|Boxing legends Joe Frazier and Jake LaMotta.|
When the cocktail hour was over, we all made the mass exodus to the main ballroom, where round tables were set up throughout the room the way they are in any formal event, only the center of attention was a boxing ring. Every table had a cigar at each setting. Some tables had Punch cigars, others had Macanudos and Helixes. My table had a La Gloria Cubana at each plate, but I noticed ashtrays on the table as well. This was interesting. When I found my seat, one of the event planners came over and pointed to a table of police officers. Once they light up, I was told, it's the green light for everyone to start smoking. And these guys lit up almost immediately, so of course, as hard as it was to believe that I was actually going to smoke at a boxing event in a hotel, I lit up a Partagas 160 Robusto that I had brought with me, the perfect pre-meal smoke. It was difficult to relax at first. I thought at any moment I'd be attacked by a fleet of irate waiters, cleaver-wielding cooks and furious hotel managers, but nothing happened. Every table started lighting up until the whole room was festooned with cigar smoke while the waiters were serving the first course.
By then, the fights had started, and we smoked in peace. Overall, they were pretty good bouts and included all weight classes. The fights ranged from the plodding to the spirited, and I had a very good seat one table away from ringside.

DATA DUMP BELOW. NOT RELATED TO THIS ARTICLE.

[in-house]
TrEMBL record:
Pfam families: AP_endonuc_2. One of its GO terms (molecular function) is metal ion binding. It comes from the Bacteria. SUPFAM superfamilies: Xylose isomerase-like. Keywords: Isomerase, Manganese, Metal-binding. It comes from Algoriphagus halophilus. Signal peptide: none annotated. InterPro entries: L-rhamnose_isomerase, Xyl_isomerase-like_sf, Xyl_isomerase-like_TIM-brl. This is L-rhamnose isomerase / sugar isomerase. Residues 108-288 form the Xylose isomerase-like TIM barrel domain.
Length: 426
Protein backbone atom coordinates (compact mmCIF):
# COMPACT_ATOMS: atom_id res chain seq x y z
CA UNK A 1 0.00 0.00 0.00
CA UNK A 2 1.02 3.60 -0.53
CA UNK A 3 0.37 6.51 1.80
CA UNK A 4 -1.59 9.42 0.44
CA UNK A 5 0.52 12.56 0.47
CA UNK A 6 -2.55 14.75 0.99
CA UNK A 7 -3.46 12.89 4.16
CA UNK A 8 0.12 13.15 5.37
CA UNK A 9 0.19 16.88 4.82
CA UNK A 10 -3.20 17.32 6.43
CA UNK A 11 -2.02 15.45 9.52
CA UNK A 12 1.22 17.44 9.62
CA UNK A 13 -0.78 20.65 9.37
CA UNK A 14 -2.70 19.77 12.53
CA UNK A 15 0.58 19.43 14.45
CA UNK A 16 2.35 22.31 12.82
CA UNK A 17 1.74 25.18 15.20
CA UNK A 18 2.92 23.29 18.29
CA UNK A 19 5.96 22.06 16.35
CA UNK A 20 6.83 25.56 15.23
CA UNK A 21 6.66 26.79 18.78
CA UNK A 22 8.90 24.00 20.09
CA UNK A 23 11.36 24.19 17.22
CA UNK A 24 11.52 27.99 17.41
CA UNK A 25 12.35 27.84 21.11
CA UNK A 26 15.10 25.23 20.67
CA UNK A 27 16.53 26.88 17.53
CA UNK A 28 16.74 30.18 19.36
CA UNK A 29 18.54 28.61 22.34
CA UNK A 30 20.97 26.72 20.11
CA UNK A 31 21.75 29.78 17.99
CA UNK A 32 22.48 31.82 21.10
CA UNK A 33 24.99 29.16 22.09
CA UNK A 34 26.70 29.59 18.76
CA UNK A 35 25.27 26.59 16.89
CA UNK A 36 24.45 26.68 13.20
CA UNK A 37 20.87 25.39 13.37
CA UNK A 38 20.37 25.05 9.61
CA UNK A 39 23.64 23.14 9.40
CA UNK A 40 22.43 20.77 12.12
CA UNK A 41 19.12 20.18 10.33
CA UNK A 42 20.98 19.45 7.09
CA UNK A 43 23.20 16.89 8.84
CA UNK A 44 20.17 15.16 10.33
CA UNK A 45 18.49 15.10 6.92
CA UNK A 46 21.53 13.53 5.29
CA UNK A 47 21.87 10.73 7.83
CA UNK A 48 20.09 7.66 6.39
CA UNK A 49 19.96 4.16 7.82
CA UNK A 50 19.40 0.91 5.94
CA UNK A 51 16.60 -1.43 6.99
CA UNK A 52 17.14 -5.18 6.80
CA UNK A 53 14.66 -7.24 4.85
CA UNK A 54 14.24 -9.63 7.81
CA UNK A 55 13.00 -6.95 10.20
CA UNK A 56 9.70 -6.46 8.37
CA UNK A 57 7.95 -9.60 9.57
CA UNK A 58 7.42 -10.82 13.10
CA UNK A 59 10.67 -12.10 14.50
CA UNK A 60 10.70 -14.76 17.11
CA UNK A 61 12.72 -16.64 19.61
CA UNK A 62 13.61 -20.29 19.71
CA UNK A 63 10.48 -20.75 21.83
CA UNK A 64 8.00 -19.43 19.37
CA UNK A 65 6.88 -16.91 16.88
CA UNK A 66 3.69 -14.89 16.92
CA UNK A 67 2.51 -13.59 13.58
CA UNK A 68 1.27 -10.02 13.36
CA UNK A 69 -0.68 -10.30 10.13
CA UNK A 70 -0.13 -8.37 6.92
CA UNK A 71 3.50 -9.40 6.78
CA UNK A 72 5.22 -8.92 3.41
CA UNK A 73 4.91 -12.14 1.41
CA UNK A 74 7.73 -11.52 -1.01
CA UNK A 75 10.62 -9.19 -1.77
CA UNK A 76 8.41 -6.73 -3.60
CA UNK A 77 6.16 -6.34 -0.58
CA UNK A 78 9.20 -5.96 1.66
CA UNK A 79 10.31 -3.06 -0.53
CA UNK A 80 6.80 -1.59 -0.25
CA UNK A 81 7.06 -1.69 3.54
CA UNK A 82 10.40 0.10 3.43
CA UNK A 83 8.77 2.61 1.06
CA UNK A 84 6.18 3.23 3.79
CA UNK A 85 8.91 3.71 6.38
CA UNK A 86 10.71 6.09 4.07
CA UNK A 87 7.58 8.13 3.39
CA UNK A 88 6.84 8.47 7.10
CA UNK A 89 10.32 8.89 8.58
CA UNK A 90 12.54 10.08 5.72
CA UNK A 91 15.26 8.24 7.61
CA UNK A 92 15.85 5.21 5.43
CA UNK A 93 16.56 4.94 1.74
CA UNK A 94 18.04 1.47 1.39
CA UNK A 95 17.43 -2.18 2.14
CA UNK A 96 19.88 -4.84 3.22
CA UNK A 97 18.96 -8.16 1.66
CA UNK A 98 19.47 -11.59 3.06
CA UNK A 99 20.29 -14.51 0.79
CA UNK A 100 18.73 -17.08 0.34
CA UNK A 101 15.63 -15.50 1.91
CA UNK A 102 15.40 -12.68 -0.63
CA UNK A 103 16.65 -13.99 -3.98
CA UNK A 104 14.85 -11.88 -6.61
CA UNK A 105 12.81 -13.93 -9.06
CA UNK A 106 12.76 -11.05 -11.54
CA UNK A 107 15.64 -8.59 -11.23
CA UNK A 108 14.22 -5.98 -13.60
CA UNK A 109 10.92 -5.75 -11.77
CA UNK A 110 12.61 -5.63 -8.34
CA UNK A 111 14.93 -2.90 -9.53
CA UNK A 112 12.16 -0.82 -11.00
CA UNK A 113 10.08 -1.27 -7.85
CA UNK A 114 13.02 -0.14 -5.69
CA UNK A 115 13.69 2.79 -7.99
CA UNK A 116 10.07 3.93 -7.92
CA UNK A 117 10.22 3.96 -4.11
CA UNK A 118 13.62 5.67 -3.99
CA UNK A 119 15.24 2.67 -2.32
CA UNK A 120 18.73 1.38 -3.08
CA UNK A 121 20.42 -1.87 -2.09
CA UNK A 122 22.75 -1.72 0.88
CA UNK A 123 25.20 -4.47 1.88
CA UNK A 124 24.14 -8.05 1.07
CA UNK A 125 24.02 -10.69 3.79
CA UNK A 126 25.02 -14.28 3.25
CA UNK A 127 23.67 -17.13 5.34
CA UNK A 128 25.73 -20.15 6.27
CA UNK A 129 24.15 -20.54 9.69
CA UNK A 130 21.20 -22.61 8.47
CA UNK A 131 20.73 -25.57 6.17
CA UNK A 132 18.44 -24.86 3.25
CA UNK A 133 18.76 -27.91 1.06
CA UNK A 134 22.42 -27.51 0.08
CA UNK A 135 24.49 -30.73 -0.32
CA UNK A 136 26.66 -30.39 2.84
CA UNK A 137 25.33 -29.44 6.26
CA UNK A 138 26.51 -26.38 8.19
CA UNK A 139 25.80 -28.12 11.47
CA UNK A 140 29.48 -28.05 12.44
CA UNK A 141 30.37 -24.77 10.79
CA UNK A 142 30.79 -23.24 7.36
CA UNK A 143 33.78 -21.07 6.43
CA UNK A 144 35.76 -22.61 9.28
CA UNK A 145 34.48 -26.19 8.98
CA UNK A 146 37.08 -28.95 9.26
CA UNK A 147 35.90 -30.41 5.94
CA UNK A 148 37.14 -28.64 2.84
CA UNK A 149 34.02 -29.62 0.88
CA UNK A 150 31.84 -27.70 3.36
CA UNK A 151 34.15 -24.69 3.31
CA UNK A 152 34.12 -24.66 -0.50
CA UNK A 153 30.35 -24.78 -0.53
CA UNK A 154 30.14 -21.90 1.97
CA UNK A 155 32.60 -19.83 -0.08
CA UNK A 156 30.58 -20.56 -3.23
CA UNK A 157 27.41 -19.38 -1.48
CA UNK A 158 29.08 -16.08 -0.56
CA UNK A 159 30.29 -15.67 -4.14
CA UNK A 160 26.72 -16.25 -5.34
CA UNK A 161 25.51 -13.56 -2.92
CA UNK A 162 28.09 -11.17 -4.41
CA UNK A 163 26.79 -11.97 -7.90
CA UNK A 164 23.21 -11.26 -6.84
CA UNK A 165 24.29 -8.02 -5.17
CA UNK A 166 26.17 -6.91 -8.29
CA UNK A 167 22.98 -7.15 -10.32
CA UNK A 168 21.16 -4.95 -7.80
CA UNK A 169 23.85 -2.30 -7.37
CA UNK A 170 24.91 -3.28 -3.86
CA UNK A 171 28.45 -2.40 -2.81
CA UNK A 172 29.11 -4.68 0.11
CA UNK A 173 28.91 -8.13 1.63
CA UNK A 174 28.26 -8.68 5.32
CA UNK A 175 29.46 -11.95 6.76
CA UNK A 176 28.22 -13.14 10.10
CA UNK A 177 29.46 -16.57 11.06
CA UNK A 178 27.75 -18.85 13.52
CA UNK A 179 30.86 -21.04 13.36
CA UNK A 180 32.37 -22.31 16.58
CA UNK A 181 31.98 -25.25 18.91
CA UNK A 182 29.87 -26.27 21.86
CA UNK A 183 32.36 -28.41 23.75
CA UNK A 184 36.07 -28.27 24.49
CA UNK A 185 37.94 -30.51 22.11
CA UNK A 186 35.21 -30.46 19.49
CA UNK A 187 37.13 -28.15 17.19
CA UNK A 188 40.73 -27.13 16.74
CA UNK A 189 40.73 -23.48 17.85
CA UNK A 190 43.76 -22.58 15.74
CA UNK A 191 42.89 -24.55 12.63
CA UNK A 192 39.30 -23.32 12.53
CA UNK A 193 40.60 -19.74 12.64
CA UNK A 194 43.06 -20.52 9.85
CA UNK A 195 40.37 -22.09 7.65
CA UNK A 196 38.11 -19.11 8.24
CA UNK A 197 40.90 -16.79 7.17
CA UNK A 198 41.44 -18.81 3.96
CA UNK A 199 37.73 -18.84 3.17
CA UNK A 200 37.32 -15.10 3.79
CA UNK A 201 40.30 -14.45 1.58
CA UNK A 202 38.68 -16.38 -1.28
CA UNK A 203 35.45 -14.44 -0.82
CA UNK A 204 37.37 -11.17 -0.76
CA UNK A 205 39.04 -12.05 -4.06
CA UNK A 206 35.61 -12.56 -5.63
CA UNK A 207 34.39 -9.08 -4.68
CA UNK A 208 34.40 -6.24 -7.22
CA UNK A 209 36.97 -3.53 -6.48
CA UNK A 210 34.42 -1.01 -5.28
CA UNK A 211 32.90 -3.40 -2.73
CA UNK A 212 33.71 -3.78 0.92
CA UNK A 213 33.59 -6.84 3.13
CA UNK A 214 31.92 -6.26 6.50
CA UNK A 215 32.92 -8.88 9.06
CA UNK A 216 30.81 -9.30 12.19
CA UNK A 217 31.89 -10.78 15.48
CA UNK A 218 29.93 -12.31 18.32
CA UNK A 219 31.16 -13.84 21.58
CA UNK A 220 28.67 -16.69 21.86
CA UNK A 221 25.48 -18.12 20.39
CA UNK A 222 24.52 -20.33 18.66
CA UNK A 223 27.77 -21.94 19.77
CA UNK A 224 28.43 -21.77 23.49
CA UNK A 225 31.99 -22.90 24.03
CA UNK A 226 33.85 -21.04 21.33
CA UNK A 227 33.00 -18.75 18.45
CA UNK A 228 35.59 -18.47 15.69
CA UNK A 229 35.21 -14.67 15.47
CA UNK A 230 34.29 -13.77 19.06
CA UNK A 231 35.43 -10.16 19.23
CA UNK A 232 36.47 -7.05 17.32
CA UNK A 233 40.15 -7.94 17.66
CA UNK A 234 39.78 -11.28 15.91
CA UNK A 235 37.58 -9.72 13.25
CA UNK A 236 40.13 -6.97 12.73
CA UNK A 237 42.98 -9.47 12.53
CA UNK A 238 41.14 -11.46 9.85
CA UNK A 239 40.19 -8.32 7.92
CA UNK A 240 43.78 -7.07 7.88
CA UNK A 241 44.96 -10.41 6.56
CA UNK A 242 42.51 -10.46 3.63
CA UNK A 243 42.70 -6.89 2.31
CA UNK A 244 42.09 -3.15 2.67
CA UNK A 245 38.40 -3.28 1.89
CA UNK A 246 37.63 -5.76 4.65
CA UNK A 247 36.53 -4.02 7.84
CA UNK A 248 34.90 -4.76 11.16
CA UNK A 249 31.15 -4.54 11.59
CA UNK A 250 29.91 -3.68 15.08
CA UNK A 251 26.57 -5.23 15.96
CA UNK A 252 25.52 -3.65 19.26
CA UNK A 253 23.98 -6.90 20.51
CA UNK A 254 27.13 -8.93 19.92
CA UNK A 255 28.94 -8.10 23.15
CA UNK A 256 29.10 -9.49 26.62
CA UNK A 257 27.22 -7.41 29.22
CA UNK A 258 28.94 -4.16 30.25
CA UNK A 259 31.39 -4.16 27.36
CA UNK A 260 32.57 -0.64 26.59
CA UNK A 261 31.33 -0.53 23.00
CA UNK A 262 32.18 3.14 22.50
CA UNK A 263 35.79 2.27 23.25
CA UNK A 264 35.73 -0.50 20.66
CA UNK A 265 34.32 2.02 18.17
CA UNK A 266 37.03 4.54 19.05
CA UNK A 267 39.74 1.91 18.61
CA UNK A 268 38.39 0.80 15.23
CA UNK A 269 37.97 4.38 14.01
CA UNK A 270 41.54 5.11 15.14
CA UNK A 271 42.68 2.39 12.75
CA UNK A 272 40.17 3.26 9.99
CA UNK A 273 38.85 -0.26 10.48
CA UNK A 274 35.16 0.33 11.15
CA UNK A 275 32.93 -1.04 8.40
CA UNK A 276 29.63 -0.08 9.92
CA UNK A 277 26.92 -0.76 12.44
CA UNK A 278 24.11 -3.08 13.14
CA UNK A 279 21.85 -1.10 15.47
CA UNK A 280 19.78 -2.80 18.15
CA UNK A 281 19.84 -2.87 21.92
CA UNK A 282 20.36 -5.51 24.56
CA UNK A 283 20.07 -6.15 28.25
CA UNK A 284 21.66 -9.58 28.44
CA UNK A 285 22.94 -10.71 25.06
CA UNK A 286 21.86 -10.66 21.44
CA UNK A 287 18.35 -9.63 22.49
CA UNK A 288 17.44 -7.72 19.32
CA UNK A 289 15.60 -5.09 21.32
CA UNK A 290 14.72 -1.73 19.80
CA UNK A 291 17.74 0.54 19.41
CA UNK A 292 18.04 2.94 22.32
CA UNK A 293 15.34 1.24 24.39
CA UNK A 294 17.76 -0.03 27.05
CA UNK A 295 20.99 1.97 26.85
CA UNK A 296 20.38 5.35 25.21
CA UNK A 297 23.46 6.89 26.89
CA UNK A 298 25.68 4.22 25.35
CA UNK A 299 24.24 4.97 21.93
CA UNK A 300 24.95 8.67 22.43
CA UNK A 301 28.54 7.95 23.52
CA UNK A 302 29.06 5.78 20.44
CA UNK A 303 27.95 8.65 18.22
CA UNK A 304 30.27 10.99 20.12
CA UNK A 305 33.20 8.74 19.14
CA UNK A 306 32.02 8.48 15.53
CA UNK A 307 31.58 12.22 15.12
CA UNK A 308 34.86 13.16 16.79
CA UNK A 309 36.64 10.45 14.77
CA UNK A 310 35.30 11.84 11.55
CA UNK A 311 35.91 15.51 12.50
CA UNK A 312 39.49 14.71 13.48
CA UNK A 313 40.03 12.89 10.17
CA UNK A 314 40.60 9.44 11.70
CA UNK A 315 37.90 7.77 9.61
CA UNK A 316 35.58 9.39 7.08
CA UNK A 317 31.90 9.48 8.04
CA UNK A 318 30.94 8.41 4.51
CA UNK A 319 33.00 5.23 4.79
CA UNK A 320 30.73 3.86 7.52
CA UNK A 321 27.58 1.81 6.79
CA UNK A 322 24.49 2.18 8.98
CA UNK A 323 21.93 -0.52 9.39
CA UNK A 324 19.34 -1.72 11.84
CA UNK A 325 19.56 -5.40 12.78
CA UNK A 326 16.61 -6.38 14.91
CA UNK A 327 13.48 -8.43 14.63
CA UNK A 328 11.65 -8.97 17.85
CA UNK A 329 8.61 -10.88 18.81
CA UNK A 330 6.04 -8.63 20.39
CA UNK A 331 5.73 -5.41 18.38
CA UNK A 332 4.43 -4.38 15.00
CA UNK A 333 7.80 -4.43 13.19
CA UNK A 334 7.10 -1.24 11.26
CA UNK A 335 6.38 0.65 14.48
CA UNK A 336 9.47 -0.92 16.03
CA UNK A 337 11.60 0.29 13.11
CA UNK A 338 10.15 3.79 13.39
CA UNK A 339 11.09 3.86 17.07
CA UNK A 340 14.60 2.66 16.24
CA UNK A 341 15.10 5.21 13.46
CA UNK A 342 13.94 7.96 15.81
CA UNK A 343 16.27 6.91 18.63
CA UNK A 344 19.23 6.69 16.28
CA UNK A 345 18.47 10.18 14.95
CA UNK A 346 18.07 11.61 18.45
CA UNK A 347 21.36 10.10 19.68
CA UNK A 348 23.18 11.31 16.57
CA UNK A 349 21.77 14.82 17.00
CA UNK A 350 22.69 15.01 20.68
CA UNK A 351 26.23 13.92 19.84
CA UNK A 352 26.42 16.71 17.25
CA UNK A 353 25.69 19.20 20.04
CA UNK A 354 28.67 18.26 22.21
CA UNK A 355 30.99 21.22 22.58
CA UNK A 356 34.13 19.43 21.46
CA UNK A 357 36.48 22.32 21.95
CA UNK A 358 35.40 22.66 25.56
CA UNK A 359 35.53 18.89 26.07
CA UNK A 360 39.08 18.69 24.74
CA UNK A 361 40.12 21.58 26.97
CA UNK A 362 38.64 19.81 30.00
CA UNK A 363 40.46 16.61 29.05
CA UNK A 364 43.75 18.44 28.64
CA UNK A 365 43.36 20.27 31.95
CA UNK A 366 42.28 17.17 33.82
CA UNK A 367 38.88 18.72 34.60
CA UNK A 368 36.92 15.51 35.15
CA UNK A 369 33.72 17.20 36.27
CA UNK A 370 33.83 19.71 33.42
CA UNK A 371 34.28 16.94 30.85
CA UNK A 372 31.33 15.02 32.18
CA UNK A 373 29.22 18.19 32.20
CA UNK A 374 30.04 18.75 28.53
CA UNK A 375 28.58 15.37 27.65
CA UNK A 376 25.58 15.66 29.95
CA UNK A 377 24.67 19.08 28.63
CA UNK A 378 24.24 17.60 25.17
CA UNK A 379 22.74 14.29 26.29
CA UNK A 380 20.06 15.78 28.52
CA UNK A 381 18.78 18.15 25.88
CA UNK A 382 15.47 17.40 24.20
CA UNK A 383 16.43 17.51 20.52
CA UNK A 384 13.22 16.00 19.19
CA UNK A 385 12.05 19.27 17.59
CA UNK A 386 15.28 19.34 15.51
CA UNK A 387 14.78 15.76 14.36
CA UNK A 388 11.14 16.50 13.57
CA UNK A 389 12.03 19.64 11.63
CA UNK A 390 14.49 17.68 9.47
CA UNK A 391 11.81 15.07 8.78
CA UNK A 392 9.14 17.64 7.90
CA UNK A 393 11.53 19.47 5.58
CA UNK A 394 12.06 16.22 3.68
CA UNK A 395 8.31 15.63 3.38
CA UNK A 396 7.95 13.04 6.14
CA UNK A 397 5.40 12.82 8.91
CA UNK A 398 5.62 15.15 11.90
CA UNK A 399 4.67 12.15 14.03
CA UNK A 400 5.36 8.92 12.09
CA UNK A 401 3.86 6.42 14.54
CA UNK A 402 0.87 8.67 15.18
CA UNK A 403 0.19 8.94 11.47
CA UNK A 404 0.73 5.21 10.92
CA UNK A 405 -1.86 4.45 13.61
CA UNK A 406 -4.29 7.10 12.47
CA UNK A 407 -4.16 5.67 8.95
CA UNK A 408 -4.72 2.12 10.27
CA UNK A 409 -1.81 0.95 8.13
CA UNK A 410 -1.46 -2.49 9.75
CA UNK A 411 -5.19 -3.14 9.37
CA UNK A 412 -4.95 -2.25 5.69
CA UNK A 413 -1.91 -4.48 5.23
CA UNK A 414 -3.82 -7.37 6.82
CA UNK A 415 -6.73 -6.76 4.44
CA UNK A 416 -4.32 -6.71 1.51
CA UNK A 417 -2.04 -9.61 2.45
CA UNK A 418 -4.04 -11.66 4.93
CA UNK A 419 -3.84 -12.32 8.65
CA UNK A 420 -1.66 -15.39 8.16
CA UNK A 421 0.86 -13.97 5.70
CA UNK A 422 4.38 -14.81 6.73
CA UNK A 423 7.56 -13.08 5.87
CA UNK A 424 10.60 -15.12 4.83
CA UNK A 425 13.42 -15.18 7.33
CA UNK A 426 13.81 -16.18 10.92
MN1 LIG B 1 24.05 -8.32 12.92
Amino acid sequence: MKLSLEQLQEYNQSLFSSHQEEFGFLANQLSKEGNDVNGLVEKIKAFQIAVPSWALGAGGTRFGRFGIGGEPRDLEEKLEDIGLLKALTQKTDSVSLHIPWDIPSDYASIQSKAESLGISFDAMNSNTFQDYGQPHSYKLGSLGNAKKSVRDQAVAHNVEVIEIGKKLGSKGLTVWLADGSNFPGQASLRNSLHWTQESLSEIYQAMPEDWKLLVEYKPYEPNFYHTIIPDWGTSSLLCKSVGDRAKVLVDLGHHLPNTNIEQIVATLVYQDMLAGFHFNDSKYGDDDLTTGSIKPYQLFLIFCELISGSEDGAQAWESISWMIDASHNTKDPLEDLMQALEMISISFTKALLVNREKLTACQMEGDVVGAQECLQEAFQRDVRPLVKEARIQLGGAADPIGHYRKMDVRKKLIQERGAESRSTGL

After the first few fights, the ring announcer introduced some of the distinguished guests such as former Yankees catcher Jim Leyritz, former Mets and Phillies closer John Franco, former Knicks All-Star John Starks and Laker-turned-actor Rick Fox. When the announcer introduced Jake LaMotta and Joe Frazier, I decided I needed something more powerful now, so I lit up an OpusX Petit Lancero. LaMotta stood up and waved to a cheering crowd, as did Frazier.
Both of these fighters have something in common, which is why they were always favorites of mine: they toppled boxing titans. When no one thought that Sugar Ray Robinson could be beaten, Jake LaMotta knocked him out of the ring in 1943. Muhammed Ali's angelic aura of invincibility was destroyed when Joe Frazier knocked him to the canvas in 1971 with a head-on left hook, showing the world that an unbeatable fighter can and will be beaten. Fights like that are often traumatic to the boxing world, but boxing needs trauma now and then, because it's the trauma that stays with you, which is why the most memorable fight of the Heroes and Legends night was not the one that was most skillfully fought, but the one with the knockdown.